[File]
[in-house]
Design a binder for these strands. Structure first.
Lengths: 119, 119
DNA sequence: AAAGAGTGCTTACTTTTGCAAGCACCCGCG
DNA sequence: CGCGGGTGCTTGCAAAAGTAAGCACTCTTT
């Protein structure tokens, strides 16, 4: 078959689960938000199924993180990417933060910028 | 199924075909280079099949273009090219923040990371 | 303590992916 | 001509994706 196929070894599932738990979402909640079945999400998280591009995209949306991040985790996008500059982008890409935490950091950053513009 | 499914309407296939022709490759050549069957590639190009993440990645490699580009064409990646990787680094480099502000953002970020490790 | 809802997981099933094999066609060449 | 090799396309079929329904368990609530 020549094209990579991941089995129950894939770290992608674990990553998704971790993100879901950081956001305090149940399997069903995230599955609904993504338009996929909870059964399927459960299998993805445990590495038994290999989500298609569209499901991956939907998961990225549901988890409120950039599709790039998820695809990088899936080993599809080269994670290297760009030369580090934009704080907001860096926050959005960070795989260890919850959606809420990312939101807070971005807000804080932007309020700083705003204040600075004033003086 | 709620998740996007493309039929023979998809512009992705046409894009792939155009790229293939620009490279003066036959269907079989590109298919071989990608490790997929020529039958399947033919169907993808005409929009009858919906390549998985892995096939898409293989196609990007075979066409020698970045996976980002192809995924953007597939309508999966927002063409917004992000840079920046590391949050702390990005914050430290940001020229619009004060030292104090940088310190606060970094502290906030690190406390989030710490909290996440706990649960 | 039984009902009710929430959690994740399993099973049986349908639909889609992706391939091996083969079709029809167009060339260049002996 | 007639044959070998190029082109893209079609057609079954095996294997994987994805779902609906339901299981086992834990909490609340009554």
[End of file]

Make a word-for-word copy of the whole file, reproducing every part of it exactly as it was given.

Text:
[in-house]
Design a binder for these strands. Structure first.
Lengths: 119, 119
DNA sequence: AAAGAGTGCTTACTTTTGCAAGCACCCGCG
DNA sequence: CGCGGGTGCTTGCAAAAGTAAGCACTCTTT
């Protein structure tokens, strides 16, 4: 078959689960938000199924993180990417933060910028 | 199924075909280079099949273009090219923040990371 | 303590992916 | 001509994706 196929070894599932738990979402909640079945999400998280591009995209949306991040985790996008500059982008890409935490950091950053513009 | 499914309407296939022709490759050549069957590639190009993440990645490699580009064409990646990787680094480099502000953002970020490790 | 809802997981099933094999066609060449 | 090799396309079929329904368990609530 020549094209990579991941089995129950894939770290992608674990990553998704971790993100879901950081956001305090149940399997069903995230599955609904993504338009996929909870059964399927459960299998993805445990590495038994290999989500298609569209499901991956939907998961990225549901988890409120950039599709790039998820695809990088899936080993599809080269994670290297760009030369580090934009704080907001860096926050959005960070795989260890919850959606809420990312939101807070971005807000804080932007309020700083705003204040600075004033003086 | 709620998740996007493309039929023979998809512009992705046409894009792939155009790229293939620009490279003066036959269907079989590109298919071989990608490790997929020529039958399947033919169907993808005409929009009858919906390549998985892995096939898409293989196609990007075979066409020698970045996976980002192809995924953007597939309508999966927002063409917004992000840079920046590391949050702390990005914050430290940001020229619009004060030292104090940088310190606060970094502290906030690190406390989030710490909290996440706990649960 | 039984009902009710929430959690994740399993099973049986349908639909889609992706391939091996083969079709029809167009060339260049002996 | 007639044959070998190029082109893209079609057609079954095996294997994987994805779902609906339901299981086992834990909490609340009554």